Regardless, on 19 January 2019, Trump announced his intention of nominating Keith Krach as under secretary of state for economic growth, energy, and the environment - which includes the permanent post of Privacy Shield ombudsperson.

This does not close the discussion though.

The European Data Protection Board welcomed Trump's announcement, but also stressed that the ombudsperson was not "vested with sufficient powers to remedy non-compliance".

Privacy Shield less relevant given GDPR, says data chief

Giovanni Buttarelli, the European data protection supervisor, says the EU-US data sharing pact known as Privacy Shield will play an increasingly minor role given the general data protection regulation.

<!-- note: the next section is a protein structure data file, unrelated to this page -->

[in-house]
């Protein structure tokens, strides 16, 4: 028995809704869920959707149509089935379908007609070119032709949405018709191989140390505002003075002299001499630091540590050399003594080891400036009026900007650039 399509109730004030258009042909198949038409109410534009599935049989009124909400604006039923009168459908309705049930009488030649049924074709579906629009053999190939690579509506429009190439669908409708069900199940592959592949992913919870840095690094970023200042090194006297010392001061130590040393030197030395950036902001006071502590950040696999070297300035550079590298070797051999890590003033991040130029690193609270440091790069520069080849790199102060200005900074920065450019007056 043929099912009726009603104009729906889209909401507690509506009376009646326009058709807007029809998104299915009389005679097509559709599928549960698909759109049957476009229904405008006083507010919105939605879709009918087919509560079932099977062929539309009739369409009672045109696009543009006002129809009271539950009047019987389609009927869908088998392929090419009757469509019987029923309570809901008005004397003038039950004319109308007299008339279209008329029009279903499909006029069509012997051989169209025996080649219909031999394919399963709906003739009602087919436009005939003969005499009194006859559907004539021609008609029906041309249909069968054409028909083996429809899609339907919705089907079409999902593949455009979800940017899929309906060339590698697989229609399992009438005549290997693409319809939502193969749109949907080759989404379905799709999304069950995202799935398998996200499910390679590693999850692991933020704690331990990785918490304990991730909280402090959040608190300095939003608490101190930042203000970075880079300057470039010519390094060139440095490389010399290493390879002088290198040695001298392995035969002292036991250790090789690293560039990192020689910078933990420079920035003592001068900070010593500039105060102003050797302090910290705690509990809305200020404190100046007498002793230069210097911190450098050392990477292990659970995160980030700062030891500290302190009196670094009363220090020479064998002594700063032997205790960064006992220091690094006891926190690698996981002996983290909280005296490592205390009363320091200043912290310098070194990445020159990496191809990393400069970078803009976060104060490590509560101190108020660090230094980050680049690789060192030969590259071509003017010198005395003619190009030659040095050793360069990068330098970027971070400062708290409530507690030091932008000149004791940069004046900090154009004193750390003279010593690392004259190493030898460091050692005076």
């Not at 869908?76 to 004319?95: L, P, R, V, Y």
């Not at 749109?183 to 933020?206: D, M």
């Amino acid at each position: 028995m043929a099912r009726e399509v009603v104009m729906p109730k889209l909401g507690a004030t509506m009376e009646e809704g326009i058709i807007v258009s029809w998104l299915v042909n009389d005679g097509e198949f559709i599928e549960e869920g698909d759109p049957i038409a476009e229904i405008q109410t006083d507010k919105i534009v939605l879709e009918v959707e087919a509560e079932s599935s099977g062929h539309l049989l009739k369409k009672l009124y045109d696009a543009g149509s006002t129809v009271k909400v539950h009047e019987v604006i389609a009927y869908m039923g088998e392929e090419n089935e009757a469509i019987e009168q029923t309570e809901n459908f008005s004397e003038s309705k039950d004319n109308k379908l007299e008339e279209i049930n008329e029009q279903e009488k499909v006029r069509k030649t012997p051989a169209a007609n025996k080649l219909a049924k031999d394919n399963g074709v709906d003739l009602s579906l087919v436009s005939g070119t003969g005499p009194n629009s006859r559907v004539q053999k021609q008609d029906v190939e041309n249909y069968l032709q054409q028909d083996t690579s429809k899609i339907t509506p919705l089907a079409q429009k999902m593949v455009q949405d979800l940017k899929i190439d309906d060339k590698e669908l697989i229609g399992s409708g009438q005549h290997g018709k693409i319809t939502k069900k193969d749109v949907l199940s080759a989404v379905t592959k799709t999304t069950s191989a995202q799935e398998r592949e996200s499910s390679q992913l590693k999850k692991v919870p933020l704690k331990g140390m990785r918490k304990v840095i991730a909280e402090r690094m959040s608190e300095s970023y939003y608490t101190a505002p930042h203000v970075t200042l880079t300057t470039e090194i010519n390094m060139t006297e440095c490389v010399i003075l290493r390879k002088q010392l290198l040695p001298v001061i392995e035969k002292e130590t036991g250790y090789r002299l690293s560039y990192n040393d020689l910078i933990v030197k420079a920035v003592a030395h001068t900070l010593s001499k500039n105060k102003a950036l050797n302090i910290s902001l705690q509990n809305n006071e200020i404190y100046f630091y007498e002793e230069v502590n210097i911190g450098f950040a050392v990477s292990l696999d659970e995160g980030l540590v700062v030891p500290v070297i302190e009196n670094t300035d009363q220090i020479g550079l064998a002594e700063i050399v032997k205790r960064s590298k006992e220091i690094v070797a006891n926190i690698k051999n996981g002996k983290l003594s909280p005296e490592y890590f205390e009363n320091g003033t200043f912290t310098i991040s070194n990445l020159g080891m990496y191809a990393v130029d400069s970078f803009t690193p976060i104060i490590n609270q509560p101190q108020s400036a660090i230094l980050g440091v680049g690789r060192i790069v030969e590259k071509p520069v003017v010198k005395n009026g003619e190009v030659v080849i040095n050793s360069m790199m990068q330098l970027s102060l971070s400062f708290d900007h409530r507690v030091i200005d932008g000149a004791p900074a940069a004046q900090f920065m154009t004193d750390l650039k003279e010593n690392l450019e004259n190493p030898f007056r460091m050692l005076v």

US tests EU patience over Privacy Shield

The data sharing pact with the US is yet to be fully implemented, as the Americans have failed to appoint people in key positions to ensure EU citizens' personal data is protected.

British MPs condemn Facebook CEO's misrule

Cambridge Analytica scandal exposed "profound failure of governance within Facebook", British MPs said, while blaming Zuckerberg for his contempt for democratic scrutiny.

'Big Five' tech giants spent €19m lobbying EU in 2020

The increased regulatory scrutiny of tech giants such as Google, Facebook and Microsoft has triggered a rise in lobbying activities by these companies in Brussels, and, accordingly, an exponential grow of their budget for these activities.